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Weaken | Worked example

Example video demonstrating one way to approach Weaken questions.

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  • blobby green style avatar for user A A
    Eat 5 servings of F & V a day ---> Get enough vitamins.

    Well, most people ~Eat 5 servings of F & V a day.

    The conclusion is basically just a clever way of saying that people are not getting enough vitamins.

    This is a classic LSAT argument in the fact that the arguer is not considering how else people may getting enough vitamins. While it is true that most people are not getting enough vitamins through the 5 servings way, they may still nonetheless be getting enough vitamins. That is how we want to weaken that conclusion of people needing vitamin pills.

    Answer choice (D) shows us that these people are getting enough vitamins! They do not need the diet pills. They may be eating a lot of ice cream and chocolate, but they eventually reach those vitamin needs.

    Answer choice B is not strong enough. Nutrients is not the same as vitamins.
    (8 votes)
    Default Khan Academy avatar avatar for user
  • blobby green style avatar for user Kai Burley
    ANSWERS

    (A) Even five servings of fruits and vegetables a day is insufficient unless the intake is varied to ensure that different vitamins are consumed.

    (B) Certain commonly available fruits and vegetables contain considerably more nutrients than others.

    (C) Nutritionists sometimes disagree on how much of a fruit or vegetable constitutes a complete serving.

    (D) Many commonly consumed foods that are neither fruits nor vegetables are fortified by manufacturers with the vitamins found in fruits and vegetables.

    (E) Fruits and vegetables are also important sources of fiber, in forms not found in vitamin pills.
    (3 votes)
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  • blobby green style avatar for user ziggy
    The reasoning for B being incorrect should be that the option is talking about "nutrients" in general and not specifically about vitamins. Nutrients could include vitamins but could also include many others things. So even though, according to this option, certain commonly available fruits and vegetables contain more nutrients, they may contain the same or lesser amount of vitamins.
    (2 votes)
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Video transcript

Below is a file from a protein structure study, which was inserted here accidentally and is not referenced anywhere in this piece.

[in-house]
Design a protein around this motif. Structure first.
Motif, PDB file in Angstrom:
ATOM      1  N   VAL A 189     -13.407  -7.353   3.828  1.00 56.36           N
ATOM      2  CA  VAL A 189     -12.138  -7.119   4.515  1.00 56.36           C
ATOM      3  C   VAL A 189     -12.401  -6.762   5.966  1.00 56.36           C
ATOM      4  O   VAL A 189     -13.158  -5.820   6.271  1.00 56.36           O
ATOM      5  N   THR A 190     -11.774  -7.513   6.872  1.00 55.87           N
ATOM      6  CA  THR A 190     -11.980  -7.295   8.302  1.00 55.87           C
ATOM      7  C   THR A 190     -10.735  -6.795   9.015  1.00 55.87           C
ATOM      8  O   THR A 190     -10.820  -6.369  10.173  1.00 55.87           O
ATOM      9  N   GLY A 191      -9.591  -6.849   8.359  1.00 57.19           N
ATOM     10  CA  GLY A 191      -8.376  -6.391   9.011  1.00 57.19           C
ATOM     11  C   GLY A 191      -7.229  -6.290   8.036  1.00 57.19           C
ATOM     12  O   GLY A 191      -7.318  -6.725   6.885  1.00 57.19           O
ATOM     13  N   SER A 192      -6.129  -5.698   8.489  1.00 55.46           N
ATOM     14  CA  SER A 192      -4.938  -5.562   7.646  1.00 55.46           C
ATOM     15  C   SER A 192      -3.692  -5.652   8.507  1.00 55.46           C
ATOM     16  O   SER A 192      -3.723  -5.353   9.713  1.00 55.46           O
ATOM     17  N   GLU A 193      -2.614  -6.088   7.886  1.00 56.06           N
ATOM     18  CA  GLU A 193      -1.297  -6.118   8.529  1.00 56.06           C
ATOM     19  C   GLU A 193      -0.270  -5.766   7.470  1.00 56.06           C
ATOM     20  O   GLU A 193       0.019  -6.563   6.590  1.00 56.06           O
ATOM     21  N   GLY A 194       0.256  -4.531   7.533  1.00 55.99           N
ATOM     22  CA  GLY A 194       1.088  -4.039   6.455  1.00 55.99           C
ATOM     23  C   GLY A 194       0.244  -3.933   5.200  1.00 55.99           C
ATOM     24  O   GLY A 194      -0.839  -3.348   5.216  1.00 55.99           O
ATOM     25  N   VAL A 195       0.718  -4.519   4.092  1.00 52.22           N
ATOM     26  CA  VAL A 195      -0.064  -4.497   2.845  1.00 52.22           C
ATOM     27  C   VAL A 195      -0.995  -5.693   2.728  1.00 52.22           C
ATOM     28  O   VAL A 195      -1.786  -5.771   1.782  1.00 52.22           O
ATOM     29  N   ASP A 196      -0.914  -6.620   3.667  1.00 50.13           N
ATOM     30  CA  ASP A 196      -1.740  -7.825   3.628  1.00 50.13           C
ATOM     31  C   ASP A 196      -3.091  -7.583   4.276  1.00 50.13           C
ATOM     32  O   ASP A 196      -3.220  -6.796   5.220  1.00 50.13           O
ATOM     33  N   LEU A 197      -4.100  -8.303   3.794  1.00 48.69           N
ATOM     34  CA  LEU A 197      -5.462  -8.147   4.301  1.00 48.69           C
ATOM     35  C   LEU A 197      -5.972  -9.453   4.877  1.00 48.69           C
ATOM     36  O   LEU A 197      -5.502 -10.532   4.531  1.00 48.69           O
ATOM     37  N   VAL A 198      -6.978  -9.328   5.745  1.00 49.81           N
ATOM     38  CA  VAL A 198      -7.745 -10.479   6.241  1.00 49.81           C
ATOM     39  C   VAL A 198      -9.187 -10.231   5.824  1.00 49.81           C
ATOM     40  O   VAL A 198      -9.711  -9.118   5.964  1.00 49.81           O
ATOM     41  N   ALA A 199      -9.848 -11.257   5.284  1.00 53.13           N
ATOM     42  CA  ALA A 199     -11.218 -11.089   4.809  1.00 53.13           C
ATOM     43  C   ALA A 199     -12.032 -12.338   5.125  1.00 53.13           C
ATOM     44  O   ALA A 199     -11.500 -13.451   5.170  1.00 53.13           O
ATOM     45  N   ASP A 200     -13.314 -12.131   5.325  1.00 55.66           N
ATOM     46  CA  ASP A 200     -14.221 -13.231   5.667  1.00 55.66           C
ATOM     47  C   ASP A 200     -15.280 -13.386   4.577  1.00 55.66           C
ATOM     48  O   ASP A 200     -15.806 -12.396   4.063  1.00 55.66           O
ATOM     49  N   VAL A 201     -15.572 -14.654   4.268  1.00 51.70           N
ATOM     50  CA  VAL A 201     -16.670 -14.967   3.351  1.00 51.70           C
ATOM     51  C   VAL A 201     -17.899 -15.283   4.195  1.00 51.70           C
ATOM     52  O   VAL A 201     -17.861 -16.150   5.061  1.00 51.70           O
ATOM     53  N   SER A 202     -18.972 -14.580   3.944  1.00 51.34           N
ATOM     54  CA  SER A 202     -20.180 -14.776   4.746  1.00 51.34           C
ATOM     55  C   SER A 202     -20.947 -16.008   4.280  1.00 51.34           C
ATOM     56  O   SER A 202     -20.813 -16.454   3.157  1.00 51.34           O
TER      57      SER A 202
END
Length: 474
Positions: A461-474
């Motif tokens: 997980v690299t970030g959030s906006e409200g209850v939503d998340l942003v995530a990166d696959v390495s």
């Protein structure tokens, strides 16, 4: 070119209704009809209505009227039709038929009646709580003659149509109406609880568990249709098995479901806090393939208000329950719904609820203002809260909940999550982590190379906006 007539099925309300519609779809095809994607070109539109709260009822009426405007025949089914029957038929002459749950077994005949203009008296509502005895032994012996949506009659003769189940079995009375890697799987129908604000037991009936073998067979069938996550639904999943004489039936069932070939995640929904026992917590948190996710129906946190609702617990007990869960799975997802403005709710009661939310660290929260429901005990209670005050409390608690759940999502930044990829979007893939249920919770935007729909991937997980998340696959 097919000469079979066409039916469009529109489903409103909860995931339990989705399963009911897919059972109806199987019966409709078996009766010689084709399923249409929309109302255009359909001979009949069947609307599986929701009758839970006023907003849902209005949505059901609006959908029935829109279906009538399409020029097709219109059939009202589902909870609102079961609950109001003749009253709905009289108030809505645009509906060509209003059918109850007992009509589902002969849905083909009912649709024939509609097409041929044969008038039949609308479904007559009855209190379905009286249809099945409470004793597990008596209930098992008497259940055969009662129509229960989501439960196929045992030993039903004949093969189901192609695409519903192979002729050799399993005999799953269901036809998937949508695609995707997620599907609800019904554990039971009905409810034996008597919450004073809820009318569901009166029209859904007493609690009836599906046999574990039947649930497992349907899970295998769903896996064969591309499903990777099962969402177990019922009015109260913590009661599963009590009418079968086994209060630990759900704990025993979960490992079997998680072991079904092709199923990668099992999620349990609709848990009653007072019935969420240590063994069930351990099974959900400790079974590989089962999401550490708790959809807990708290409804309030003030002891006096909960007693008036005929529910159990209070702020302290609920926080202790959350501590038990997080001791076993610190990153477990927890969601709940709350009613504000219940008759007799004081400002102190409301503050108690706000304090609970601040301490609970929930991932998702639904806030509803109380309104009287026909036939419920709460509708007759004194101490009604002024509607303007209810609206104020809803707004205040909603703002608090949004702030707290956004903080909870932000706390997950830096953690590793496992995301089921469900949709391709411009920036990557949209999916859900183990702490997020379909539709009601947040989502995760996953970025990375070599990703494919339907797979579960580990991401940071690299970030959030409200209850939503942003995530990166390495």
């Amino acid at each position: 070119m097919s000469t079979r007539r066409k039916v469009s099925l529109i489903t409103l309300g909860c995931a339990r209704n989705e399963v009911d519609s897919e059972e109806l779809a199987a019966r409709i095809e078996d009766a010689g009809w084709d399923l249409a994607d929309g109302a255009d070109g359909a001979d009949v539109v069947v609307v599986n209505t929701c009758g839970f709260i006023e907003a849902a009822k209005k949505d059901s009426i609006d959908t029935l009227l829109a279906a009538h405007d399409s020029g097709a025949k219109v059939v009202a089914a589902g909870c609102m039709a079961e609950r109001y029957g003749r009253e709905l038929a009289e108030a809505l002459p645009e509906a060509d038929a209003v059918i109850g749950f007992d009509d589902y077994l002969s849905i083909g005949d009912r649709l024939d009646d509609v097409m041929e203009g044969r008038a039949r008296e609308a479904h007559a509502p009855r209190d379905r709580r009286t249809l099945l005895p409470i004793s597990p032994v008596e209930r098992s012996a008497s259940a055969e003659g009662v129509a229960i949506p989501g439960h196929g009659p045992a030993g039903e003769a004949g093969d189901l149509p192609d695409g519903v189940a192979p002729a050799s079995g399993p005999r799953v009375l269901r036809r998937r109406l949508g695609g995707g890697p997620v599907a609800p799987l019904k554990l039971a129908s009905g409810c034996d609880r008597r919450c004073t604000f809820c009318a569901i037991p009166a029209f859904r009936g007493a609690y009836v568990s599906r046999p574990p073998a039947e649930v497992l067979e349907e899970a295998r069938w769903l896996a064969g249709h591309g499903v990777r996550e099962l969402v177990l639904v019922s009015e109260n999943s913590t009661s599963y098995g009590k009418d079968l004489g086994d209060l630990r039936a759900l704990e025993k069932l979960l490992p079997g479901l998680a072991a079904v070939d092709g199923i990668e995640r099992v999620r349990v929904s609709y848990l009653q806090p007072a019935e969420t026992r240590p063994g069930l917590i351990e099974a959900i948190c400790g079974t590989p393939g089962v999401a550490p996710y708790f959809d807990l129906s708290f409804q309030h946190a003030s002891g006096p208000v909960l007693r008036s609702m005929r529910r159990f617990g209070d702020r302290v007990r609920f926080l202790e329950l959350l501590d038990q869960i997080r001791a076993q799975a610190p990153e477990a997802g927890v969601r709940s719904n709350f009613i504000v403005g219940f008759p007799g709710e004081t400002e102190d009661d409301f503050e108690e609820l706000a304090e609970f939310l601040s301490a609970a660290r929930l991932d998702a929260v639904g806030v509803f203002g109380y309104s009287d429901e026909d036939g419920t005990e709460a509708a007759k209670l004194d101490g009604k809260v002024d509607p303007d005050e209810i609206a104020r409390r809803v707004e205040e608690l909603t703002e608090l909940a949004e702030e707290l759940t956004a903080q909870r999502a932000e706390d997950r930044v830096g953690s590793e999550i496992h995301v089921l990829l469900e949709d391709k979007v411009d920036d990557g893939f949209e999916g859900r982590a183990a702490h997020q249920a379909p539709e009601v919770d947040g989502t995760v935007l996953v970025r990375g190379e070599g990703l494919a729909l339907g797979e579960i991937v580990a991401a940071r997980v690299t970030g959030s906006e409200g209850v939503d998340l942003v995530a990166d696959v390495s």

- [Narrator] Nutritionists believe that a person's daily requirement for vitamins can readily be met by eating five servings of fruits and vegetables daily. However, most people eat far less than this. Thus, most people need to take vitamin pills. Which one of the following statements, if true, most seriously weakens, weakens. We wanna weaken the argument. Alright, let's look at these choices. So choice A. So remember, what's the argument we're trying to make? We're trying to make the argument, or we're trying to weaken the argument that most people need to take vitamin pills. We wanna weaken that argument. Which of these statements most weaken that? Choice A. Even five servings of fruits and vegetables a day is insufficient unless the intake is varied to ensure that different vitamins are consumed. So this doesn't seem to weaken it. If anything, it might slightly strengthen the argument because the argument's saying okay, if you eat five servings of fruits, then you might be okay, but most people don't do that, so you take pills. But here they're saying even if you do the five servings, that still might be insufficient if your fruit isn't varied, so you still might need to take vitamin pills. So this seems to further reinforce the benefit of vitamin pills, so it's definitely not weakening. So I will rule that out. B, certain commonly available fruits and vegetables contain considerably more nutrients than others. So, this seems a little bit beside the point. You know, maybe if you gave a little bit more depth here you could argue if you ate three servings of the right type of fruit, that that might be equivalent to five servings of other types of fruits, but then you would also have to make the case that most people are eating that, and only if you made all of those statements, or something like that, could it start to undermine, but this seems a little bit beside the point. It seems to have no effect on the argument. So let me rule that out. Nutritionists sometimes disagree on how much of a fruit or vegetable constitutes a complete serving. Well once again, this seems a little bit beside the point. It doesn't really add or take away from it. It's saying there's some debate on what a serving is, but it doesn't seem to undermine the notion that most people don't get their servings and therefore need to take vitamin pills. So let me rule that one out. Many commonly consumed foods that are neither fruits nor vegetables are fortified by manufacturers with the vitamins found in fruits and vegetables. So this is interesting. This is saying that many commonly consumed foods are fortified with vitamins. So it's essentially saying hey, even though people might not eat as much fruits and vegetables as they need, they're still gonna get their vitamins because of the fortification of these commonly consumed foods. So that, to me, seems to undermine that most people need to take vitamin pills, cause it's saying many people, or maybe even most people, are going to get their vitamins through this fortification of commonly consumed foods. So that does seem to weaken the argument. Now let's just look at the last choice to see how we feel about it. Fruits and vegetables are also important sources of fiber, in forms not found in pills. So this doesn't weaken the reason, this doesn't weaken the justification for taking vitamin pills. It kind of justifies not giving up fruits and vegetables all together, saying that hey you still need to have fiber, but it doesn't weaken the argument that most people need to take pills, or at least the way it was given in the beginning, so I would rule that choice out as well. I feel very good about D.